Today, we look at five great guest appearances by William Thomas Jr.
This is “Following a Star,” a new feature where I spotlight five great guest spots by an actor who frequently did/does guest spots on TV series in their careers. It doesn’t mean that they’ve NEVER been regulars on shows, but obviously I’m not looking to spotlight people who are best known for their regular TV roles (like no Jason Alexander or Florence Henderson, for instance).
Since this is Black History Month, I’ll specifically spotlight Black character actors this month.
William Thomas Jr. is a perfect example of how acting is such a tough business to get into, as even when you’re hot as heck as an actor, that hot streak can easily dissipate. In the late 1980s, after a successful career on the stage in New York (he was part of the original cast of La Cage aux Folles), Thomas Jr. was booking really nice gigs, like Cool Charles on the excellent Frank’s Place in 1987. When that ended after one season, he was then cast in a new drama in 1989 from Judith Parker, a writer and producer on L.A. Law during its good years (she shared the Emmy win from the show’s second Emmy for Best Drama Series, which it won for its Third Season. It won the award for Seasons 1, 3-5). That show, Studio 5-B, about a TV newsroom, was canceled before its first season could even finish airing. Okay, so he was then cast as a major recurring character (a detective who testifies against his White partner after his partner murders a cop killer) in the next show by L.A. Law creator, Stephen Bochco…Cop Rock. Cop Rock, the audacious musical crime drama, didn’t make it through its first season, as well.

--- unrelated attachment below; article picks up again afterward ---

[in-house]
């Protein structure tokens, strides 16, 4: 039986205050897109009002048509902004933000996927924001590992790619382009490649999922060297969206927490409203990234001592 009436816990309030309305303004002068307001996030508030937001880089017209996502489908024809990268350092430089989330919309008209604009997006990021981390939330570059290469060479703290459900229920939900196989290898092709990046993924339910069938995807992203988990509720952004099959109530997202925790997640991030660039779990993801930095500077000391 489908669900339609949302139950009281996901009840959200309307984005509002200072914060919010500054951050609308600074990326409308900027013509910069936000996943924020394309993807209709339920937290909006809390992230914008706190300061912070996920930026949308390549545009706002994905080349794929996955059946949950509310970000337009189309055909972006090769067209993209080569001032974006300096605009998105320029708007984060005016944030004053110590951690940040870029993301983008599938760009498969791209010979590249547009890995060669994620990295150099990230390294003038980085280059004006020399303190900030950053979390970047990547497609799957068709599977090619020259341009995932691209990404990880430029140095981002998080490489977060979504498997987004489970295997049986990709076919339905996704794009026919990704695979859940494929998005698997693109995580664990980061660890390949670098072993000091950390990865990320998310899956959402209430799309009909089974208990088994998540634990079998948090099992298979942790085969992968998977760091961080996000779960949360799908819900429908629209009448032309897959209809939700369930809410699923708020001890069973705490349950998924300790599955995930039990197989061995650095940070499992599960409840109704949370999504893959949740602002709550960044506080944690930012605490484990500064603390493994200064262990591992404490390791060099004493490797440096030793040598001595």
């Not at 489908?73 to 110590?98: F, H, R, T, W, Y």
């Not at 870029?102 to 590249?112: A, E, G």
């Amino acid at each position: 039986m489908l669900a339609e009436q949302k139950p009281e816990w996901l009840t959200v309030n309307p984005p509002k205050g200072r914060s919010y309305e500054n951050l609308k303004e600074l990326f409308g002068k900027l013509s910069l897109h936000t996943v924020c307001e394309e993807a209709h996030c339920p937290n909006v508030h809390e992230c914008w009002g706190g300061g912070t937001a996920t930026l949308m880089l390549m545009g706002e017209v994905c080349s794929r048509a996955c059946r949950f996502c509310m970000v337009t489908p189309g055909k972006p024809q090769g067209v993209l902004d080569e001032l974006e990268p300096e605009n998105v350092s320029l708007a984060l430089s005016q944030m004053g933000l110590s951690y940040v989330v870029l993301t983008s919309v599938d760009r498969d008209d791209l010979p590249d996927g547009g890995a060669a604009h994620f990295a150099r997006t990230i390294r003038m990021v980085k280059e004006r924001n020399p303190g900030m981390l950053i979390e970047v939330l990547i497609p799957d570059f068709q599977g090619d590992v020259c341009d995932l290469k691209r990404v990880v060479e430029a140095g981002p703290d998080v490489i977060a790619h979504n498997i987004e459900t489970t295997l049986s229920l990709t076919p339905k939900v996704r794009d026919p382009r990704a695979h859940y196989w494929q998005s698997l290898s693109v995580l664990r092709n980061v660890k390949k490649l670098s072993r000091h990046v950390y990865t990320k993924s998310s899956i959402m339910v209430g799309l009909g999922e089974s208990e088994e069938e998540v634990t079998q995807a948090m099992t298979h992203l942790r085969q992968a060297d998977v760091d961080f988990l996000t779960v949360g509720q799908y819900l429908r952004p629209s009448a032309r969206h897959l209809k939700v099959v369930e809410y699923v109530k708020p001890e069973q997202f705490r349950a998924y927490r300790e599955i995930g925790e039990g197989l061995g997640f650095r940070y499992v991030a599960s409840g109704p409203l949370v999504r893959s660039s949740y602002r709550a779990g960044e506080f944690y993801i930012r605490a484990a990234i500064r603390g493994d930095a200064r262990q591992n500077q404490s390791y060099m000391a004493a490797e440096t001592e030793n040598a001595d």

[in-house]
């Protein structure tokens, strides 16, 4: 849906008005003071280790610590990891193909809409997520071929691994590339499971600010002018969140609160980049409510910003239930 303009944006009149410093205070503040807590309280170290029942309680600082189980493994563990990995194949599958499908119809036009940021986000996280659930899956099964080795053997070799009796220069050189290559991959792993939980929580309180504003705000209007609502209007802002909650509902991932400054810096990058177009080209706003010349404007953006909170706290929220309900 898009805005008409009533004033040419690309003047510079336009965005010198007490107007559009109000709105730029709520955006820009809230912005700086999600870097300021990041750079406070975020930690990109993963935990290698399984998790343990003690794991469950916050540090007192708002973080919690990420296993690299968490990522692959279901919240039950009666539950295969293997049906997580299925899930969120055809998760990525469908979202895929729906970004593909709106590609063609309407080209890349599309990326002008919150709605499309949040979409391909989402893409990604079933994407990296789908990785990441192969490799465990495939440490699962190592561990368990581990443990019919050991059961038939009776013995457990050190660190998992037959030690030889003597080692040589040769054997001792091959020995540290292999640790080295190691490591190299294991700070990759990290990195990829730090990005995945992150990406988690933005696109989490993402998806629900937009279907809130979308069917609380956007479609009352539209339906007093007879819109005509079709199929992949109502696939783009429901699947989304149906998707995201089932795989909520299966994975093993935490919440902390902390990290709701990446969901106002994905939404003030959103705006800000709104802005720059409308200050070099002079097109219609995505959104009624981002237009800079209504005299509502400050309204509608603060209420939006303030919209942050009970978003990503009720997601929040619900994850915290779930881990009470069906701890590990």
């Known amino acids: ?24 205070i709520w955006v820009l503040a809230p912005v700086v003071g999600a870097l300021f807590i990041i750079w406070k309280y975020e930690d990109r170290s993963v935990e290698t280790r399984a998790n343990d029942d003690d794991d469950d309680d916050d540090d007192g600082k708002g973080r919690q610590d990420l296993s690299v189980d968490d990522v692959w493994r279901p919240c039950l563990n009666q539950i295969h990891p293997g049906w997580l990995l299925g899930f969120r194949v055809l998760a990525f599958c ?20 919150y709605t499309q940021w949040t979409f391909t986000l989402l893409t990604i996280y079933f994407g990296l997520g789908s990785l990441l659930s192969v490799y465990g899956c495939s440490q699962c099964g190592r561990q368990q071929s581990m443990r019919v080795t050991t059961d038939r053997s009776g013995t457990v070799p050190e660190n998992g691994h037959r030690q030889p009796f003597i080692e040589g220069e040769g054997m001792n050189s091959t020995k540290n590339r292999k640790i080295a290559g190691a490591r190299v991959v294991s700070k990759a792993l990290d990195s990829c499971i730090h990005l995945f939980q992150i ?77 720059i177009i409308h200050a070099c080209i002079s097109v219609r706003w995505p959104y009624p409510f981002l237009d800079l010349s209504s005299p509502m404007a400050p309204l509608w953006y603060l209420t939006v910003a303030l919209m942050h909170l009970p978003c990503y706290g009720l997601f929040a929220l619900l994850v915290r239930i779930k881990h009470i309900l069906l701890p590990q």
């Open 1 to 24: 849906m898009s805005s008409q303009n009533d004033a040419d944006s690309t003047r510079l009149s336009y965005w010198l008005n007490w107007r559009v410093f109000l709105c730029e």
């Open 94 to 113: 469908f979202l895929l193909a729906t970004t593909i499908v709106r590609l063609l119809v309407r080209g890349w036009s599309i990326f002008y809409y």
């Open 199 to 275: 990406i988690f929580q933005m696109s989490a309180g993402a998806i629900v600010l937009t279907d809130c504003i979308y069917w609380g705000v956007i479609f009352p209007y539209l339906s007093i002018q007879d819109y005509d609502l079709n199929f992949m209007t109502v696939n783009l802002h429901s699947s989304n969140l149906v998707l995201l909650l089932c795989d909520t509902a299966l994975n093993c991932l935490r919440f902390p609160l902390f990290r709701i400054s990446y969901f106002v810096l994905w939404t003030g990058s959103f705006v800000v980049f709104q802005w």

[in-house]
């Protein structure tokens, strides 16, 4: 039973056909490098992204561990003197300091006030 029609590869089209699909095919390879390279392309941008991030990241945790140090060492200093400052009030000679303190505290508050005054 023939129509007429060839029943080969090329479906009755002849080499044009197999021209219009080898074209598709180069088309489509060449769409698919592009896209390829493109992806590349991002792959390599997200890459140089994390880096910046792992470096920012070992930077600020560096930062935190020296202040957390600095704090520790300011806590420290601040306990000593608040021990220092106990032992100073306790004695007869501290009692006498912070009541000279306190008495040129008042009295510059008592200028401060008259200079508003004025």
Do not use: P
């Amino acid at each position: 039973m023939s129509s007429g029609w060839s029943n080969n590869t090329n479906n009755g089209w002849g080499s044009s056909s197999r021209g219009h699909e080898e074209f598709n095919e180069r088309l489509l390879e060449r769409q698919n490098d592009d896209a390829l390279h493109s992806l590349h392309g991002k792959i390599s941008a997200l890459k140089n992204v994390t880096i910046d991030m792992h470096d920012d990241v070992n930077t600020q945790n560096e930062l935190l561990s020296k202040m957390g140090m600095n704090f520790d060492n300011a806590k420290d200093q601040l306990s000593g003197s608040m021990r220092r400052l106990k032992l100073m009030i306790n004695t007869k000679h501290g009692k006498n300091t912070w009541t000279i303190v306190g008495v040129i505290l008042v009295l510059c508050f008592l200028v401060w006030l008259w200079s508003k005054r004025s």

Thomas Jr. never got another regular TV gig, which is just a shame, as he was a fine actor. Later in his life, he devoted his life to working as a pastor. He tragically passed away in 2020. Here are five great guest spots during his career.